Three JNU students have been arrested so far on charges of sedition. But others haven't been despite being named in the complaint.
One of them is JNU students' union General Secretary Rama Naga. A Dalit M.Phil student at JNU's Centre for Political Studies, Naga hails from one of the poorest districts in Odisha. The son of a bangle seller, Rama is the first student from Boipariguda village in Odisha's Koraput district to make it to JNU.
ScoopWhoop spoke to Naga on the sidelines of ongoing protests. Edited excerpts:
After Kanhaiya was arrested on February 12, when did you decide to go underground?
We were on campus till late night. But when we saw situation turning more and more hostile and with apprehensions of police coming again, we decided to be at some safe place. We also came to know that besides the police, RSS and BJP members were outside the JNU gates, carrying sticks and other stuff to attack JNU students.
Anant and Ashutosh had already gone underground, then I too decided the same. We wanted the situation to cool down to come back on campus.
Umar and Anirban are in custody. And police may arrest you too. How do you see that?
It depends upon Delhi police. I have already stated that there's no evidence against us.
It's targeted witch-hunting of the leadership. There's no ground for sedition against any of us.
What is anti-nationalism for you?
According to me, nationalism is not only the love for country but also its all people. It means listening to the voices of downtrodden and marginalized sections of the society and speaking for their unity.
Those who work towards dividing people of the country are anti-nationals.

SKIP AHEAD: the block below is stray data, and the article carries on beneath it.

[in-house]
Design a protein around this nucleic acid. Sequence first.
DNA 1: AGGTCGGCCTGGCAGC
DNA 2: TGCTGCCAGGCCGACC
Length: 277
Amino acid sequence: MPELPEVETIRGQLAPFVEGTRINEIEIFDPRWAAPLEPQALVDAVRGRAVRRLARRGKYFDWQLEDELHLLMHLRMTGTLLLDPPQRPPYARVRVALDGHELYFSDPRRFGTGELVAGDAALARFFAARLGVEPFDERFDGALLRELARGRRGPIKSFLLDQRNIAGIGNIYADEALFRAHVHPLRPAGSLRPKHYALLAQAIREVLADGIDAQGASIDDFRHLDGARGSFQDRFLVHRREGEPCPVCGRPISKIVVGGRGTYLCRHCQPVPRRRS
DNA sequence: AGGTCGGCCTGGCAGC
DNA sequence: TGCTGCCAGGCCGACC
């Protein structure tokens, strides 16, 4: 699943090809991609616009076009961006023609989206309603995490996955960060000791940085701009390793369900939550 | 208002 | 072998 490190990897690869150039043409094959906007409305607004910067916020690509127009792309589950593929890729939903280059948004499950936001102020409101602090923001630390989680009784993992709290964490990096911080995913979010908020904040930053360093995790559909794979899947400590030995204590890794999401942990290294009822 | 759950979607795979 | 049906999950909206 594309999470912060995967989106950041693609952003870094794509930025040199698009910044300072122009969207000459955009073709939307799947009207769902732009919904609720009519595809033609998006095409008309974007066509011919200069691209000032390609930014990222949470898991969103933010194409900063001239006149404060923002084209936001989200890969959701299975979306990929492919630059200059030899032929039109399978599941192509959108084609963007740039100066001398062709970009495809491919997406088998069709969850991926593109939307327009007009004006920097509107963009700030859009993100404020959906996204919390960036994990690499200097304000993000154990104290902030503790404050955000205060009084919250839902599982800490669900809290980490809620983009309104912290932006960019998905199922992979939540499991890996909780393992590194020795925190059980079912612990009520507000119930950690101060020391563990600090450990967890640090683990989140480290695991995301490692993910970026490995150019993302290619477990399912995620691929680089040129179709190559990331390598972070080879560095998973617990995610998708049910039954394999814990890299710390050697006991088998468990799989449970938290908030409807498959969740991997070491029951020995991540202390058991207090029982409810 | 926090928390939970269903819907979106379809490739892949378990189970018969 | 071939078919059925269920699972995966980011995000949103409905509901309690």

JNU is known for debating unconventional issues. Why did a small event turn into such a huge crisis?
It was all pre-planned. JNU was at the forefront of Occupy UGC movement and protests against Rohith Vemula's suicide.
The government was on back-foot on both the issues, so they wanted to make an issue from somewhere to target JNU. It's all done to hide the loopholes of this government.
Keeping in view the current situation, will there be debate on Afzal Guru next year in JNU?
That's the beauty of JNU culture. We don't organize events but even if someone wants to debate on Afzal Guru they can do so. Similarly, if ABVP also wants to do its own programme, they also can.
Everyone has a right to debate and discuss.
When certain sections of media projected you as 'anti-national', how did you convince your family that you are not an 'anti-national'?
They trust me, because they knew what we've been fighting for so long. When we're fighting for the rights and justice of Dalits, Adivasis and other marginalized groups of the country, they know these people cannot work against the country.
They didn't believe that we can be anti-national. My whole village knows me. They can never believe I have done any such act.
What has the impact of recent controversy been on your academic pursuits?
I have to submit my thesis in three months and we have been debarred by the university.
The administration didn't give any importance about the academics of the accused students. Few of us had to submit their term paper and as a result of suspension, we can't do that.
Will you continue student activism in future?
Activism will continue in future also. I mean now we have to be more active than before because it's a long fight.
There's Rohith Vemula's case also and UGC report on scholarship is also coming out. We have to gear up. The fight will continue like it has continued in JNU in the past.
Feature image source: Rama Naga/Facebook